Thursday, September 18, 2008

Did you hear about the midnight rambler?

NASHVILLE -- OK, so it wasn't quite midnight, but Levon Helm took his legendary Ramble on the road to the Ryman for more than three hours earlier tonight.

Normally, the Ramble is set at Helm's home/recording studio in Woodstock, N.Y. But for the Americana Music Awards, he staged it at the "mother church of country music ..."

The show opened and closed countless standing ovations later with an audience sing-along of Helm's "The Weight," followed at the end only by an all-star encore version of "Forever Young."

For Helm, who has battled illness and at one point was told he would never sing again, the last song was an affirmation, a celebration and a prayer. His peers praised him for his drumming, his singing, his mandolin playing, his songwriting and his soul. If he hadn't been such an on-stage presence, you might have feared the worst.

The hard-core troubadour Steve Earle was in the 2,000-plus audience with his wife, singer Allison Moorer, who wore an angel's wing design on her back. John Hiatt was there, too. All three ended up on stage before it was through, joining Delbert McClinton, Sam Bush, Buddy Miller, Alison Krauss and Robert Plant, Sheryl Crow, Billy Bob Thorton and a few other visitors.

Helm graciously shared the spotlight with his guests, turning over some well-known songs from The Band to his daughter and members of his 10-piece band-- including a mighty four-piece horn section that threatened to turn songs like "Rag Mama Rag" into a New Orleans Second Line procession.

The keyboard intro and lead to "Chest Fever" became a guitar showcase, perhaps in deference to absent friends.

Krauss and Plant, the most unlikely pairing despite their best-selling CD "Raising Sand," did the first song they ever performed together, the traditional "In the Pines," frequently linked to Leadbelly.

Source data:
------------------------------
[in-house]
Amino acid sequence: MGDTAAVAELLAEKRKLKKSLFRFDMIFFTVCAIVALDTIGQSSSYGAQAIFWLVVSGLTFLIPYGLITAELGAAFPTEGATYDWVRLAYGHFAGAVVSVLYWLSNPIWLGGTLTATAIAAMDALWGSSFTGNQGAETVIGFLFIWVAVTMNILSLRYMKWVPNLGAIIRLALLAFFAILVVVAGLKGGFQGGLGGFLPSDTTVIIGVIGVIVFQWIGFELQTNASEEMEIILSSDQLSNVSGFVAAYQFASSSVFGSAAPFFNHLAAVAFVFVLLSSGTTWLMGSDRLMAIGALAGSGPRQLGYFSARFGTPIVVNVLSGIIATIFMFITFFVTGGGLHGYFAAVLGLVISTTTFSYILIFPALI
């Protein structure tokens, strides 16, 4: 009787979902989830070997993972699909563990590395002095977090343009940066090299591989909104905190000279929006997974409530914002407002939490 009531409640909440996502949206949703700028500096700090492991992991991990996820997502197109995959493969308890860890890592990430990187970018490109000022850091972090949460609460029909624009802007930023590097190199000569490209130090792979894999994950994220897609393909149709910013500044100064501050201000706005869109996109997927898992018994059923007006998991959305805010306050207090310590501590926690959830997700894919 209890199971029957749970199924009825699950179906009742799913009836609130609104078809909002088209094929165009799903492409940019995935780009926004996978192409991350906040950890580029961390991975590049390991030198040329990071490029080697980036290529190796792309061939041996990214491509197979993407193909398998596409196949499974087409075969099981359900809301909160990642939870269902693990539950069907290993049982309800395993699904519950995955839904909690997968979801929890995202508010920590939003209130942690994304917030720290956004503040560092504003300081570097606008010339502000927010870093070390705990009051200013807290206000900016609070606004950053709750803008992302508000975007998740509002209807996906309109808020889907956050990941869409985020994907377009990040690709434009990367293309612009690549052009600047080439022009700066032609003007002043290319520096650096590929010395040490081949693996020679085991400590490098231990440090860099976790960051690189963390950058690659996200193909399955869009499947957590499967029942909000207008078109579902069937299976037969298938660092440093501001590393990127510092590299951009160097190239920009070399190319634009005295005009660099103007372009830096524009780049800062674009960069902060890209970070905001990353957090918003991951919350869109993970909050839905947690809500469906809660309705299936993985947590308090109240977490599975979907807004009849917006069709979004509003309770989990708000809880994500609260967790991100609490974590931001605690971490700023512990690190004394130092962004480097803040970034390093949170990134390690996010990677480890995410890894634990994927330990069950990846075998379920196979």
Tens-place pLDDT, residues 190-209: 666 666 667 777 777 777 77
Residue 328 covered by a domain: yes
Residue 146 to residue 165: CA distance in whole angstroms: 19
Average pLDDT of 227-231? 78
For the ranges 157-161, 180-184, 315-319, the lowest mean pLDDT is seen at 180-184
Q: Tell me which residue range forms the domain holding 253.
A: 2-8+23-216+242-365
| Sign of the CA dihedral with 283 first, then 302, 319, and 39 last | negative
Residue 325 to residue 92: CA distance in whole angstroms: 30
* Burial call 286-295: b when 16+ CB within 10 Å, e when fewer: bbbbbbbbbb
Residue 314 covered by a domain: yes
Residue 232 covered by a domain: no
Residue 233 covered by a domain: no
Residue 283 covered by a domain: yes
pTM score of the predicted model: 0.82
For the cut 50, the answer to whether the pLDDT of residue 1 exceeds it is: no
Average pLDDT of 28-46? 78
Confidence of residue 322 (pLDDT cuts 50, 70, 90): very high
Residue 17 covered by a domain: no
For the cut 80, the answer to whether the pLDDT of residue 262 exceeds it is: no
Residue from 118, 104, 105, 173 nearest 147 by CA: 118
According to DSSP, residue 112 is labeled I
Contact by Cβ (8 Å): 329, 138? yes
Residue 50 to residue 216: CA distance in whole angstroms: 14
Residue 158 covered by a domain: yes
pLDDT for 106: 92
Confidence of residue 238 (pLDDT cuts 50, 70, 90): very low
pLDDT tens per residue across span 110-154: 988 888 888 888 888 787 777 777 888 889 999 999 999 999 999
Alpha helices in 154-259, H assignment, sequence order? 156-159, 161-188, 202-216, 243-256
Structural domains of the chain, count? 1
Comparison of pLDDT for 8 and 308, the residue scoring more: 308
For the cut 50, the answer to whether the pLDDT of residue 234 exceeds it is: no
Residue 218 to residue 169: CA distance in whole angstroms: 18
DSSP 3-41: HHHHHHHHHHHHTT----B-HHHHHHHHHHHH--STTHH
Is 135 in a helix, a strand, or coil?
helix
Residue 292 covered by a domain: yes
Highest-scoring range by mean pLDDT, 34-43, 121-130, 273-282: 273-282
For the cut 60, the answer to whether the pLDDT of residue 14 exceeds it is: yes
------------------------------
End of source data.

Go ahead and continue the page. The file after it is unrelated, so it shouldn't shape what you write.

Crow told the crowd she was just a "frustrated country singer." And then proved at least half of that statement.

Miller mentioned that he had no right to sing the song he and his wife Julie wrote, "Wide River To Cross," since Helm covered it on his Grammy Award-winning CD, "Dirt Farmer," Helm's first solo studio effort in 25 years.

"Are you ready, Levon?" they asked at the start.

"I hope so," he said. And then joyfully, triumphantly began the Ramble.

What a great start to the AMA week.

The show ran so long I missed the everybodyfields at The Basement, but I did catch Anne McCue at 3rd and Lindsley, the last few songs of Marcia Ball's set as well as Kim Richey, Will Kimbrough and Mando Saenz at the Mercy Lounge.

Ball closed with her hurricane survival song "Ride It Out," from her new CD, "Peace, Love & BBQ."

Best non-legal legal notice: "We're filming tonight's show for a DVD. We'll be shooting the audience. What that means is, if you're sitting next to someone you shouldn't be seen with, it's time to move."

Best end-of-evening advice: "Don't drive home faster than your angels can fly."

Thursday night brings the Americana Awards and Honors show, also at the Ryman, with the stellar house band led by Buddy Miller. Showcases at the five clubs start at 10.

As always at these showcases, we're looking for people to bring to Tampa at the TBPAC. Our programmers will get the reports and do their best to book the best performers.

Stay tuned. -- MichaelK

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